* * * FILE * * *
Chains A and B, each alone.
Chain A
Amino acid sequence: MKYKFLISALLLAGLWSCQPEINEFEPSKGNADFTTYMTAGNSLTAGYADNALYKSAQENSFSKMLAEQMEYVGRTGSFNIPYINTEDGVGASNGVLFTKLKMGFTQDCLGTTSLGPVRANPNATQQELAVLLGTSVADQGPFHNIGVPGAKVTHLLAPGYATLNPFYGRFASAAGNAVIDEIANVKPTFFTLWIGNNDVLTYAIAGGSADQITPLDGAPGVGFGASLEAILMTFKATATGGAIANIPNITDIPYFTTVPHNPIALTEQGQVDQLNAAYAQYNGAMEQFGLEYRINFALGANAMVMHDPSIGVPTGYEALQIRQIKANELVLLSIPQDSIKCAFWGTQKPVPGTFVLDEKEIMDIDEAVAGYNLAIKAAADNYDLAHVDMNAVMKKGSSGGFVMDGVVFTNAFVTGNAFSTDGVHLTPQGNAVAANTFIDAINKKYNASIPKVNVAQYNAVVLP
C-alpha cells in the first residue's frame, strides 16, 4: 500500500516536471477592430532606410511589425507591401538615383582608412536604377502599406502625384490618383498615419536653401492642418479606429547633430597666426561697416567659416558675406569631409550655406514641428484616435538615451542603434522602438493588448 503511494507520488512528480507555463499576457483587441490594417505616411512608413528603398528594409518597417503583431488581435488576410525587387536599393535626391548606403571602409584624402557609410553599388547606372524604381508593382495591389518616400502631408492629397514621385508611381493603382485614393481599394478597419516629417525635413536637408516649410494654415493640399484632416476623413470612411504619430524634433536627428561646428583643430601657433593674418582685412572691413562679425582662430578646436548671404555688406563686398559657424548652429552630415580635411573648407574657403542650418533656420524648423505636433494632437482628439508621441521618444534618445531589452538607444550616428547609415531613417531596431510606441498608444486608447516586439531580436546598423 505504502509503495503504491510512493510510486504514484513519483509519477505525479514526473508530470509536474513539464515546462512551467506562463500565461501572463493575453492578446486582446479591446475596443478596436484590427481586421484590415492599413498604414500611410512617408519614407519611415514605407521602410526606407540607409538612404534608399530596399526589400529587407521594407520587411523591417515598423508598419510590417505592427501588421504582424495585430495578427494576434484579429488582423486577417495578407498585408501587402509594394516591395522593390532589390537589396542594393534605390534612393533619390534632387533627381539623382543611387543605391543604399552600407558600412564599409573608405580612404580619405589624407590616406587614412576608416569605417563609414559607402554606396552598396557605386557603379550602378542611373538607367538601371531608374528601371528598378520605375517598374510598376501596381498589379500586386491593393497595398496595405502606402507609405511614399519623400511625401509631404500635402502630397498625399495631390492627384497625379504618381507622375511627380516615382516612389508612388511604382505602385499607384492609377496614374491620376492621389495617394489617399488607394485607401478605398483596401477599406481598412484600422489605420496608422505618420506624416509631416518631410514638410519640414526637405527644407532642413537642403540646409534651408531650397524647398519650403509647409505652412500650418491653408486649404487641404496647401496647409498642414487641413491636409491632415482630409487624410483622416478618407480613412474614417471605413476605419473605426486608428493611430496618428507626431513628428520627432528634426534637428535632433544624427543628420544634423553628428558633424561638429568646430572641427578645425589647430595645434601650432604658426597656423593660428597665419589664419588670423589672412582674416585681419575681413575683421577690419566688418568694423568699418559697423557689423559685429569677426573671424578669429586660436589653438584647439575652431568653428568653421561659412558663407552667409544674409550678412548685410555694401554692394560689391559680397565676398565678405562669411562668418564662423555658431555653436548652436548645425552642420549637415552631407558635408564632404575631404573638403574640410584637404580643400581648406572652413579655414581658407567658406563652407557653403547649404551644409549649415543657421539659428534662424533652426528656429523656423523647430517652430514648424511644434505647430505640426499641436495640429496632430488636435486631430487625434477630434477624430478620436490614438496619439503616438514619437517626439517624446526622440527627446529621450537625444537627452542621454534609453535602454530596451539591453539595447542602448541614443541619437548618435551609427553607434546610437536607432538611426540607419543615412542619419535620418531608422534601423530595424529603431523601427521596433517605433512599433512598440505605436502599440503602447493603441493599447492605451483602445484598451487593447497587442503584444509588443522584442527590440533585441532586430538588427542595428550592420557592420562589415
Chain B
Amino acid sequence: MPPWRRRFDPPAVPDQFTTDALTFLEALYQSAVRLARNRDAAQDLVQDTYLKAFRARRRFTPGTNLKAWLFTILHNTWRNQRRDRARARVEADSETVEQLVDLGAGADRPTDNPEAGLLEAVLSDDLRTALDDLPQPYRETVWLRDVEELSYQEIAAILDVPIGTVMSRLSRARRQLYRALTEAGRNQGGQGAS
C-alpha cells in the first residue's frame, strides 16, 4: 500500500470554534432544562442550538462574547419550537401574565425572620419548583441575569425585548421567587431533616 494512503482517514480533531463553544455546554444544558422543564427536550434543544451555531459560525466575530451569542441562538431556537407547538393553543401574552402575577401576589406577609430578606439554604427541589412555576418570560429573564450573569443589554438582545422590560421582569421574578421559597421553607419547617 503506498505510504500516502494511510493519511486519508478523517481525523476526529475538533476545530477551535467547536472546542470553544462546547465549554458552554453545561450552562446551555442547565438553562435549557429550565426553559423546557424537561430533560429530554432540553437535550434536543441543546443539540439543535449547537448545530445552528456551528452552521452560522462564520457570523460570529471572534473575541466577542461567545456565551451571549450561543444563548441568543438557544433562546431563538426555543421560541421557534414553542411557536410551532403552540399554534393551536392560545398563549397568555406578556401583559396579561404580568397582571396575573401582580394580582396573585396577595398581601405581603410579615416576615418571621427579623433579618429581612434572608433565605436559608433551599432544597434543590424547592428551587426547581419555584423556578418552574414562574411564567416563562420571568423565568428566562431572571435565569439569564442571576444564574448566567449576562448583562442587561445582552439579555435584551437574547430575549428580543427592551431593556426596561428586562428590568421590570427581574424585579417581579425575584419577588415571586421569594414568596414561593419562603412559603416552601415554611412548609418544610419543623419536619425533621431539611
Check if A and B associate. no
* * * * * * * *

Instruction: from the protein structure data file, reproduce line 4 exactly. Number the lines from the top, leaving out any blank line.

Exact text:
C-alpha cells in the first residue's frame, strides 16, 4: 500500500516536471477592430532606410511589425507591401538615383582608412536604377502599406502625384490618383498615419536653401492642418479606429547633430597666426561697416567659416558675406569631409550655406514641428484616435538615451542603434522602438493588448 503511494507520488512528480507555463499576457483587441490594417505616411512608413528603398528594409518597417503583431488581435488576410525587387536599393535626391548606403571602409584624402557609410553599388547606372524604381508593382495591389518616400502631408492629397514621385508611381493603382485614393481599394478597419516629417525635413536637408516649410494654415493640399484632416476623413470612411504619430524634433536627428561646428583643430601657433593674418582685412572691413562679425582662430578646436548671404555688406563686398559657424548652429552630415580635411573648407574657403542650418533656420524648423505636433494632437482628439508621441521618444534618445531589452538607444550616428547609415531613417531596431510606441498608444486608447516586439531580436546598423 505504502509503495503504491510512493510510486504514484513519483509519477505525479514526473508530470509536474513539464515546462512551467506562463500565461501572463493575453492578446486582446479591446475596443478596436484590427481586421484590415492599413498604414500611410512617408519614407519611415514605407521602410526606407540607409538612404534608399530596399526589400529587407521594407520587411523591417515598423508598419510590417505592427501588421504582424495585430495578427494576434484579429488582423486577417495578407498585408501587402509594394516591395522593390532589390537589396542594393534605390534612393533619390534632387533627381539623382543611387543605391543604399552600407558600412564599409573608405580612404580619405589624407590616406587614412576608416569605417563609414559607402554606396552598396557605386557603379550602378542611373538607367538601371531608374528601371528598378520605375517598374510598376501596381498589379500586386491593393497595398496595405502606402507609405511614399519623400511625401509631404500635402502630397498625399495631390492627384497625379504618381507622375511627380516615382516612389508612388511604382505602385499607384492609377496614374491620376492621389495617394489617399488607394485607401478605398483596401477599406481598412484600422489605420496608422505618420506624416509631416518631410514638410519640414526637405527644407532642413537642403540646409534651408531650397524647398519650403509647409505652412500650418491653408486649404487641404496647401496647409498642414487641413491636409491632415482630409487624410483622416478618407480613412474614417471605413476605419473605426486608428493611430496618428507626431513628428520627432528634426534637428535632433544624427543628420544634423553628428558633424561638429568646430572641427578645425589647430595645434601650432604658426597656423593660428597665419589664419588670423589672412582674416585681419575681413575683421577690419566688418568694423568699418559697423557689423559685429569677426573671424578669429586660436589653438584647439575652431568653428568653421561659412558663407552667409544674409550678412548685410555694401554692394560689391559680397565676398565678405562669411562668418564662423555658431555653436548652436548645425552642420549637415552631407558635408564632404575631404573638403574640410584637404580643400581648406572652413579655414581658407567658406563652407557653403547649404551644409549649415543657421539659428534662424533652426528656429523656423523647430517652430514648424511644434505647430505640426499641436495640429496632430488636435486631430487625434477630434477624430478620436490614438496619439503616438514619437517626439517624446526622440527627446529621450537625444537627452542621454534609453535602454530596451539591453539595447542602448541614443541619437548618435551609427553607434546610437536607432538611426540607419543615412542619419535620418531608422534601423530595424529603431523601427521596433517605433512599433512598440505605436502599440503602447493603441493599447492605451483602445484598451487593447497587442503584444509588443522584442527590440533585441532586430538588427542595428550592420557592420562589415